Front Page Titles (by Subject) Bureaucratic Growth - Literature of Liberty, January/March 1978, vol. 1, No. 1
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Bureaucratic Growth - Leonard P. Liggio, Literature of Liberty, January/March 1978, vol. 1, No. 1 
Literature of Liberty: A Review of Contemporary Liberal Thought was published first by the Cato Institute (1978-1979) and later by the Institute for Humane Studies (1980-1982) under the editorial direction of Leonard P. Liggio.
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“The Expanding Public Sector: Wagner Squared.” Public Choice (USA), 31 (1977): 147–150.
Morris Beck in a recent article, “The Expanding Public Sector: Some Contrary Evidence,” National Tax Journal 39 (1976): 15–21, claims that the real growth of the American public sector adds up to less than the public sector's 31% share of gross domestic product would imply. But contrary to Beck's claim that, “in real terms the era of public sector growth in most developed economies may have ended,” the actual data suggest that the public sector runs out of control.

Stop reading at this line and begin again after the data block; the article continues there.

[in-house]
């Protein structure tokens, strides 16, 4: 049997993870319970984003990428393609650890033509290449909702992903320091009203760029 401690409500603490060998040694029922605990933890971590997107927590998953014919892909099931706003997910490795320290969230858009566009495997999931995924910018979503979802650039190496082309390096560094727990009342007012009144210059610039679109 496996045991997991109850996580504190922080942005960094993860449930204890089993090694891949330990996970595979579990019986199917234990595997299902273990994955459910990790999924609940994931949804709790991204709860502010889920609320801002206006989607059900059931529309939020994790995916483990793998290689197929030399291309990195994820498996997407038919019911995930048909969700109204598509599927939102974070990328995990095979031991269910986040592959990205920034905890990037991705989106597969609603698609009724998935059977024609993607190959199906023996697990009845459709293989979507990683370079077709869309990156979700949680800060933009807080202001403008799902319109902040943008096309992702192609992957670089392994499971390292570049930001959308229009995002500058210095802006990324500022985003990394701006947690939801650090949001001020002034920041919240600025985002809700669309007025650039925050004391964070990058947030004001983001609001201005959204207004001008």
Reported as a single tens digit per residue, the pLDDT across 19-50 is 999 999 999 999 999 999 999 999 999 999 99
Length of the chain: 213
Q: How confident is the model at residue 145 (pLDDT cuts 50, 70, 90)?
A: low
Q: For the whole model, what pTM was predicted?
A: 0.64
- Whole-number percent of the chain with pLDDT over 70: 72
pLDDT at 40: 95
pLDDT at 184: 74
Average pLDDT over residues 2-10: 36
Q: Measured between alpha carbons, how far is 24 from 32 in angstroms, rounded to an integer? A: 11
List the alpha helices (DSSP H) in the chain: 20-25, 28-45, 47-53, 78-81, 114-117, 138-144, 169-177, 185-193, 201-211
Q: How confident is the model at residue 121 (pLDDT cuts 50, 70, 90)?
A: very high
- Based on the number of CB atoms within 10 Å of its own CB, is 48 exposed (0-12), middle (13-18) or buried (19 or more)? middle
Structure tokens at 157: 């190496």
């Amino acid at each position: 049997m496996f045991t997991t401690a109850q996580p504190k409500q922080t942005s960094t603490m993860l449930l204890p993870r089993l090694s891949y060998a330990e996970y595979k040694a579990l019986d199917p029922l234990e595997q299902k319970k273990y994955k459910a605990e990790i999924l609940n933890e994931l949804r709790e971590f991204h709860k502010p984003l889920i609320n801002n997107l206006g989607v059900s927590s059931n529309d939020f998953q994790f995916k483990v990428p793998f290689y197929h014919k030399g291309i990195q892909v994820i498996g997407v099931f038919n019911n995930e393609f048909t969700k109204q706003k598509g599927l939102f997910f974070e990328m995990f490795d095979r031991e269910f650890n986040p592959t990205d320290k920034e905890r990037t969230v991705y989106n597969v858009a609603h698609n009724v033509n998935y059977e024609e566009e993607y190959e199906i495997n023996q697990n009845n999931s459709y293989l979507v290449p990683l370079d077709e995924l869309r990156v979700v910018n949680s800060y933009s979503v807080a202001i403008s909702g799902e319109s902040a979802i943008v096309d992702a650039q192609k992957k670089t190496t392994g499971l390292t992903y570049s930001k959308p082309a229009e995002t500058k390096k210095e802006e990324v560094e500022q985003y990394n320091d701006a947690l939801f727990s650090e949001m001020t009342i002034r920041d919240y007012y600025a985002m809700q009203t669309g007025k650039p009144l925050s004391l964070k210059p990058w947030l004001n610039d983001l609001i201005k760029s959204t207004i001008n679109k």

During the last 20 years, the jump in the salaries of civil servants caused most of the rise in the government price index. However, civil servants were not earning less than nongovernment workers in 1950. How then, do we explain the relative rise in government salaries?
We can find the answer in the political power of civil servants themselves. At first, when bureaucracies are relatively small, bureaucrats employ their efforts and votes to expand the physical size of the public sector. This policy continued until the early 1950s. However, once bureaucrats reach some critical size, they then use the political power (i.e., votes) to vote themselves higher salaries. While the share of the population employed in the public sector may be reaching a limit, this does not imply that the government budget itself is reaching a maximum.
Insofar as government spending continues to expand without increasing productivity in the public sector, we will witness a mixture of lower wages in the private sector, inflation, and unemployment where there exist downward wage rigidities. Hence we can partially explain the “stagflation” of the 1970s by the growth of the public sector salaries relative to private sector salaries.